4 of 4 people found the following review helpful
some nice features
, 25 Nov. 2011
This review is from: Belkin Wireless N450 Modem Router ADSL (BT Line) (Accessory)
Customer review from the Amazon Vine Programme (What's this?)
At one level, a modem/router is a commodity product. If you know what they do you know how they work; if you don't, your friend will. They all do roughly the same thing and so does this one.
It has some nice features and some other features which while true might also be the outcome of a marketing brain storming session - "how can we differentiate this commodity product?"
The dual band wifi is useful (only) if your computer is sufficiently new to have the matching equipment (a descriptive analogy would be while BBC Radio 4 is transmitted on both MW and LW that's only of use to you if your radio is similarly equiped).
Similarly I assume the ability of the network to repair itself (a feature I was unable to test) related to its ability to switch automatically between its "MW" and "LW" on detecting high error rates (if your computer has the right features). Again a descriptive analogy would be the RDS feature of an FM car radio to retune automatically to the different frequencies as you move through the country and lose Radio 4 (again...) on one frequency.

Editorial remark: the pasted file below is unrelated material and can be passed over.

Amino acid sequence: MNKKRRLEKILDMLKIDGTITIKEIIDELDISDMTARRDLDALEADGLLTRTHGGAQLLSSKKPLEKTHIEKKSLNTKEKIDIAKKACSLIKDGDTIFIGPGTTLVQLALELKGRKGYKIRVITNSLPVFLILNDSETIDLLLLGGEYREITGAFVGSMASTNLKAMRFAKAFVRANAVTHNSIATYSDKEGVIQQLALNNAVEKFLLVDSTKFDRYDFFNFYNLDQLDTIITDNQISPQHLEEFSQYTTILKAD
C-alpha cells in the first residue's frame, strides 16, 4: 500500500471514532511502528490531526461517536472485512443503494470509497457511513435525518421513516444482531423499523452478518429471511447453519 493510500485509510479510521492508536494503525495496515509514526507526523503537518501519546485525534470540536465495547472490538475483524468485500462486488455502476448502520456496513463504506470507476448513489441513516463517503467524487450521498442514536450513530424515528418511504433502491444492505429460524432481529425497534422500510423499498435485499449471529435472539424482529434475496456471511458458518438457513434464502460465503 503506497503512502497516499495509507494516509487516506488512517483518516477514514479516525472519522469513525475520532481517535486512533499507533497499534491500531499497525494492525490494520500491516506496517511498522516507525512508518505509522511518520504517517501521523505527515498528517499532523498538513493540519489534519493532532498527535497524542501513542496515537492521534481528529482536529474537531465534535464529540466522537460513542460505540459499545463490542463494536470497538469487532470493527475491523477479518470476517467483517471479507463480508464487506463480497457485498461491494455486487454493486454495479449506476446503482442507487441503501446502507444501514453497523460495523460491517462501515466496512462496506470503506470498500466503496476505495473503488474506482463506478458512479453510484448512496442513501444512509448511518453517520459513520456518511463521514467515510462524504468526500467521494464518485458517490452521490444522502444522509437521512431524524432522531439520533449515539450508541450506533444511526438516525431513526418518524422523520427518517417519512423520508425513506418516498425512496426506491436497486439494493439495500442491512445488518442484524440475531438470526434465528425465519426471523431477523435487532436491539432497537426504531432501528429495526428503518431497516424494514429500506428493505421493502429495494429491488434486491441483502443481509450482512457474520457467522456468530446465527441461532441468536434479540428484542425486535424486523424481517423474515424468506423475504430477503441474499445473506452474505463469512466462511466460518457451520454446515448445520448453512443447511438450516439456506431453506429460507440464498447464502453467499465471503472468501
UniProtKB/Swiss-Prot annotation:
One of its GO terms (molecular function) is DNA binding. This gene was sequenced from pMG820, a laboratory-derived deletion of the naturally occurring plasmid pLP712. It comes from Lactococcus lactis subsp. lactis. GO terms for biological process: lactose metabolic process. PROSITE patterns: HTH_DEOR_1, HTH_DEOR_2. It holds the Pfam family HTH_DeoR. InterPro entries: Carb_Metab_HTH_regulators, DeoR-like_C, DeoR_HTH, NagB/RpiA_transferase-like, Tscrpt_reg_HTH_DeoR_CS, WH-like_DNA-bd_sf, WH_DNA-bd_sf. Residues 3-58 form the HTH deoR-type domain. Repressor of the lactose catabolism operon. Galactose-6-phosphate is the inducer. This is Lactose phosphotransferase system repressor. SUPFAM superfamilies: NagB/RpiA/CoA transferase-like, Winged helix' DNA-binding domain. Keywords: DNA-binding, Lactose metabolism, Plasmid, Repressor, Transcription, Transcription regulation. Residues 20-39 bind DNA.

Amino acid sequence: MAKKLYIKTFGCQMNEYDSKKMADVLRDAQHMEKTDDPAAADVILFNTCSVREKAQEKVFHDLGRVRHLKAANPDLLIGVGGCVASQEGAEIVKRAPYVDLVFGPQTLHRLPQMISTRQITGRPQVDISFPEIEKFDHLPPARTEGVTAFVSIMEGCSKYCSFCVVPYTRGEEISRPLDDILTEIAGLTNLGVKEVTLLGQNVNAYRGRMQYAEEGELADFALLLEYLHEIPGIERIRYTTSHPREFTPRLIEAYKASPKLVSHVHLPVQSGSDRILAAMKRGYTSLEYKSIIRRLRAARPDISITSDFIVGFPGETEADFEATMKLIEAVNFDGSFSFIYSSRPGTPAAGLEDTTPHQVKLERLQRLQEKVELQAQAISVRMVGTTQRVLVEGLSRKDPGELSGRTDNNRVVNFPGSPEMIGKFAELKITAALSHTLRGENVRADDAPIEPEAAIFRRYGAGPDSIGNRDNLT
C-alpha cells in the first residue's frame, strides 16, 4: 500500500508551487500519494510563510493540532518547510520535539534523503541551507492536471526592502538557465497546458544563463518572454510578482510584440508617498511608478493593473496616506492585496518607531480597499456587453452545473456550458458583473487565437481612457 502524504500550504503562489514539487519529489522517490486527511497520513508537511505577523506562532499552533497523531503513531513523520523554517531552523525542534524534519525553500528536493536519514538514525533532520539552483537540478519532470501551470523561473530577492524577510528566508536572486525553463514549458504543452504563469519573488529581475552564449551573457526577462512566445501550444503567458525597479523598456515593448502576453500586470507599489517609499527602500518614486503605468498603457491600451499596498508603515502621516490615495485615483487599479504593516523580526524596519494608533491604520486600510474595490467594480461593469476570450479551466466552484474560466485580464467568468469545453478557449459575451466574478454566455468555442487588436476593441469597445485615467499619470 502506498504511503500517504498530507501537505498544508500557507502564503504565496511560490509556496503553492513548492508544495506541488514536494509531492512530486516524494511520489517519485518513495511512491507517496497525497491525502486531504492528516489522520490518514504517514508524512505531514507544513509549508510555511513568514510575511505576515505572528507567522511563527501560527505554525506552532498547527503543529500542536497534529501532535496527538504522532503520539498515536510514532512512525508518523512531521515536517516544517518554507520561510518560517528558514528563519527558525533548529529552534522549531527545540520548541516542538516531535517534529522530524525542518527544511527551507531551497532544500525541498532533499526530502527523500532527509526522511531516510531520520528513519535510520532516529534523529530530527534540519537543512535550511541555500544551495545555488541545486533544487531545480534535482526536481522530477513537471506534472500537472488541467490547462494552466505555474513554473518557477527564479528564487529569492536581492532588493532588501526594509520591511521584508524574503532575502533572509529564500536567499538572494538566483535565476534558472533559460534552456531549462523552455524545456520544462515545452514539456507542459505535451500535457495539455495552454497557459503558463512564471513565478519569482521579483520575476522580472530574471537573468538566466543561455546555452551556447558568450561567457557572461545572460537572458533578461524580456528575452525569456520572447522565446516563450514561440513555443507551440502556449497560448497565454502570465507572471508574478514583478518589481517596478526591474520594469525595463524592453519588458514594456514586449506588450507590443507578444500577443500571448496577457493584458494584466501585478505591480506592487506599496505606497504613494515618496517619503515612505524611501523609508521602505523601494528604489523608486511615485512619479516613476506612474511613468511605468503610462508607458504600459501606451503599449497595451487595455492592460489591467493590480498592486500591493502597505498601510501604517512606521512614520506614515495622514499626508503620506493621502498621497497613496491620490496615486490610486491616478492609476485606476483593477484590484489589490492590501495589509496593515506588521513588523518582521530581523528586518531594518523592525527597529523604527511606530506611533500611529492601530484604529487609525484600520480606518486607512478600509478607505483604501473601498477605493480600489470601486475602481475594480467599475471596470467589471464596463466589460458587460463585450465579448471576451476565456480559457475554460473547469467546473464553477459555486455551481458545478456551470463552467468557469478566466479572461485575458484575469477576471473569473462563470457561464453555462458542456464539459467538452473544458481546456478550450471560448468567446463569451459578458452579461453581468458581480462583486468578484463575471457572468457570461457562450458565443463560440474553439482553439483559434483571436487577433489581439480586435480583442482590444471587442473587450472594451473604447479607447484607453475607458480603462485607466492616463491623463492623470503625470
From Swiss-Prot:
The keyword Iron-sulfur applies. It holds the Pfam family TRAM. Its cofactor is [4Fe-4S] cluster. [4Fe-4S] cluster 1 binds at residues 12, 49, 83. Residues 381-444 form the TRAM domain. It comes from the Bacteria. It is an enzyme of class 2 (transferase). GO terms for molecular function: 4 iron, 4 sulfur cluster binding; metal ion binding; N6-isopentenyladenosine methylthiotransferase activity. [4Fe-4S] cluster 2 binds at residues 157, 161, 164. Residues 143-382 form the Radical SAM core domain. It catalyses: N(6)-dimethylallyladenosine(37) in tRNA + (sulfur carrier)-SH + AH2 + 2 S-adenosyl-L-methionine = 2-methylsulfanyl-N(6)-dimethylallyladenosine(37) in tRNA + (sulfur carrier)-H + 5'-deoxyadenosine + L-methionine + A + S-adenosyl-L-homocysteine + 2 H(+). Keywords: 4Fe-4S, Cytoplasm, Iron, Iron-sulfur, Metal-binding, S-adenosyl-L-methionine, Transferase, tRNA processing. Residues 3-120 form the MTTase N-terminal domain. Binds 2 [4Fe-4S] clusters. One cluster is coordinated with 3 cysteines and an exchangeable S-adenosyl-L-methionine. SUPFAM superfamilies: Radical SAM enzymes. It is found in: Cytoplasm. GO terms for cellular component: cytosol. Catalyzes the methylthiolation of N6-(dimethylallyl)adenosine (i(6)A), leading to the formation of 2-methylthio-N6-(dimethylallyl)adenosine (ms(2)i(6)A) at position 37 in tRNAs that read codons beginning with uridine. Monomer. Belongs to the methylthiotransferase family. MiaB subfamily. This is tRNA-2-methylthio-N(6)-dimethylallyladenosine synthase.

An unequivocally nice feature is the separate guest network. A small but useful security feature that enables you to be generous with your broadband connection but without having to worry about the security of your computer or whether your guest's computer has been compromised.
While aesthetics are always a matter of personal taste, I liked the attempt to make it look less like a bit of technical kit and vaguely elegant and unobtrusive, nothing shouty (so much better than my old router, for which the first task was to find out how to turn off the completely pointless eight blue flashing LEDs).
It comes preset with name/password combos for both networks so it's ready to go. They're easily changed, too.
A final minor gripe. There are other operating systems than MS Windows or Apple, and while being a Linux desktop/laptop user makes me in a small minority, increasingly you might be using a Linux variant, e.g., Android, on your mobile/tablet. The box the router comes in, by omission, suggests they wouldn't work. What operating system is on your computer is irrelevant uses so this marketing decision seems odd.
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